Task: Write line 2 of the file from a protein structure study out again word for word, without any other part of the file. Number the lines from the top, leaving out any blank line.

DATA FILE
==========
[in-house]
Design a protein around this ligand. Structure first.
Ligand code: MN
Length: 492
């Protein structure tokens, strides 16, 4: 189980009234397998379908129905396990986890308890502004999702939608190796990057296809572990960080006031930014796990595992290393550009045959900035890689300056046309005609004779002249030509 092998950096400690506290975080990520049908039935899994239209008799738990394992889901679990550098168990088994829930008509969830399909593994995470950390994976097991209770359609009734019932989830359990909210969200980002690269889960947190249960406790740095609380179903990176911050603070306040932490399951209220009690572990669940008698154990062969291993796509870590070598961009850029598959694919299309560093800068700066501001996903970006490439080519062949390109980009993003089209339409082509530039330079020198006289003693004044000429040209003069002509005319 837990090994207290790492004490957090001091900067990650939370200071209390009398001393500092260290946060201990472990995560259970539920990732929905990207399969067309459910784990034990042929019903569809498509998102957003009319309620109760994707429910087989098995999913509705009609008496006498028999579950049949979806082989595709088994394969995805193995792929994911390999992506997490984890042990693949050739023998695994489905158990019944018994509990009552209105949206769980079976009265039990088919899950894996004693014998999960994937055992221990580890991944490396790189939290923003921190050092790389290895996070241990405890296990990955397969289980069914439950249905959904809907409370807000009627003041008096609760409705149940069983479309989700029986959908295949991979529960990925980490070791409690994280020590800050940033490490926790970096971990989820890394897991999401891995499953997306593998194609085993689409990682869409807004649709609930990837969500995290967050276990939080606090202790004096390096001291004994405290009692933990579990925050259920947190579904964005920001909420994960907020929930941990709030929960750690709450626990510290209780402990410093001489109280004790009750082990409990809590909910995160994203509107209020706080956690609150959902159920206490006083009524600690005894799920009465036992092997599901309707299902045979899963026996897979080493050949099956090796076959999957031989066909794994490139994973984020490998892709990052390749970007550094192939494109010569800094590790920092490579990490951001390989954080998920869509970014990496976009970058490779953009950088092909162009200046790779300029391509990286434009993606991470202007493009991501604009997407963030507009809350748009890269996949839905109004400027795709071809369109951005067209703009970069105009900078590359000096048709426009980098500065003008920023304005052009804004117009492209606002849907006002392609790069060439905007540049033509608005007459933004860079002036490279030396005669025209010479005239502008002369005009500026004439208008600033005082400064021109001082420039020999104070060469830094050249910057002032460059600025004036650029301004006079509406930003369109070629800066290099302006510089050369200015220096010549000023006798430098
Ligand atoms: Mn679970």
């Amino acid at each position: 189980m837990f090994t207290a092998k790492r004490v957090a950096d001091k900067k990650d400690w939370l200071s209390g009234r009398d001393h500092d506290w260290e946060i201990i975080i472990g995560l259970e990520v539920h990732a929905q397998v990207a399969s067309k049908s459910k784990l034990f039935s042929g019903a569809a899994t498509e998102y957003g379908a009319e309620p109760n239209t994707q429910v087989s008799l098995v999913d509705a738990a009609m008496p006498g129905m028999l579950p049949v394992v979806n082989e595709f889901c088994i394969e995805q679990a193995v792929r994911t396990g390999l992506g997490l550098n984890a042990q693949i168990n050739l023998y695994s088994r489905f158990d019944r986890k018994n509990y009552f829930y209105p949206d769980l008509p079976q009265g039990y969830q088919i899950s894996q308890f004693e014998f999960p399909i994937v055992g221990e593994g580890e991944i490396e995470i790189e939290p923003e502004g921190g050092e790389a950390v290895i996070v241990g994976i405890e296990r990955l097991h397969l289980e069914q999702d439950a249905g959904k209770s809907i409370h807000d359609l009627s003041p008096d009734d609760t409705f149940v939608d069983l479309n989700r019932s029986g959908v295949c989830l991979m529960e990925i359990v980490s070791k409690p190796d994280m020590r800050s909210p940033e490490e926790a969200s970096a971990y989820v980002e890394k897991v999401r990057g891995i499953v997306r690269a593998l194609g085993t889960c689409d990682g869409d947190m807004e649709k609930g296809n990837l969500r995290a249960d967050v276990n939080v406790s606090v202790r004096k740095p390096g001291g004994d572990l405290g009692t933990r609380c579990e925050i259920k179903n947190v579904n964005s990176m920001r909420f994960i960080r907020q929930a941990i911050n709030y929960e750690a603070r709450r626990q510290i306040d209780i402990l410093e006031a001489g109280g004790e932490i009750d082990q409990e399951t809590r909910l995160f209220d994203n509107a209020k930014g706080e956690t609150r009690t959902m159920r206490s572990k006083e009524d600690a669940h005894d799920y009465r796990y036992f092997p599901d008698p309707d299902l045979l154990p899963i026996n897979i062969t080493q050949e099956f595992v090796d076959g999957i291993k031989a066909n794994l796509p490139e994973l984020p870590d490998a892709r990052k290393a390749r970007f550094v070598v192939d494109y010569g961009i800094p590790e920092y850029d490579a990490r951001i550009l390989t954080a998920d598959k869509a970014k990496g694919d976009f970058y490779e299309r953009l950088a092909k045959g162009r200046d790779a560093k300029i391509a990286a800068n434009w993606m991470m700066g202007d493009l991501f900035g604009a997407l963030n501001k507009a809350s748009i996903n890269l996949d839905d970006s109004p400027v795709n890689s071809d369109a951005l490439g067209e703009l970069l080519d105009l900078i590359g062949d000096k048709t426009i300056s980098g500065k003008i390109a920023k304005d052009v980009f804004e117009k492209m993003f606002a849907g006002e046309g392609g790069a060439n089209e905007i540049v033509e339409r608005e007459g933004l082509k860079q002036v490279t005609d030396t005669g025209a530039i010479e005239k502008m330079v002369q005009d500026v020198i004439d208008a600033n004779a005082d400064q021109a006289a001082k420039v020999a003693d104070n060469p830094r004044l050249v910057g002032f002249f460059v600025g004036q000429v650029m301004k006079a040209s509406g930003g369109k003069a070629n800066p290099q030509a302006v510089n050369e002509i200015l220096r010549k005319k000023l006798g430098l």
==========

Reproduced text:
Design a protein around this ligand. Structure first.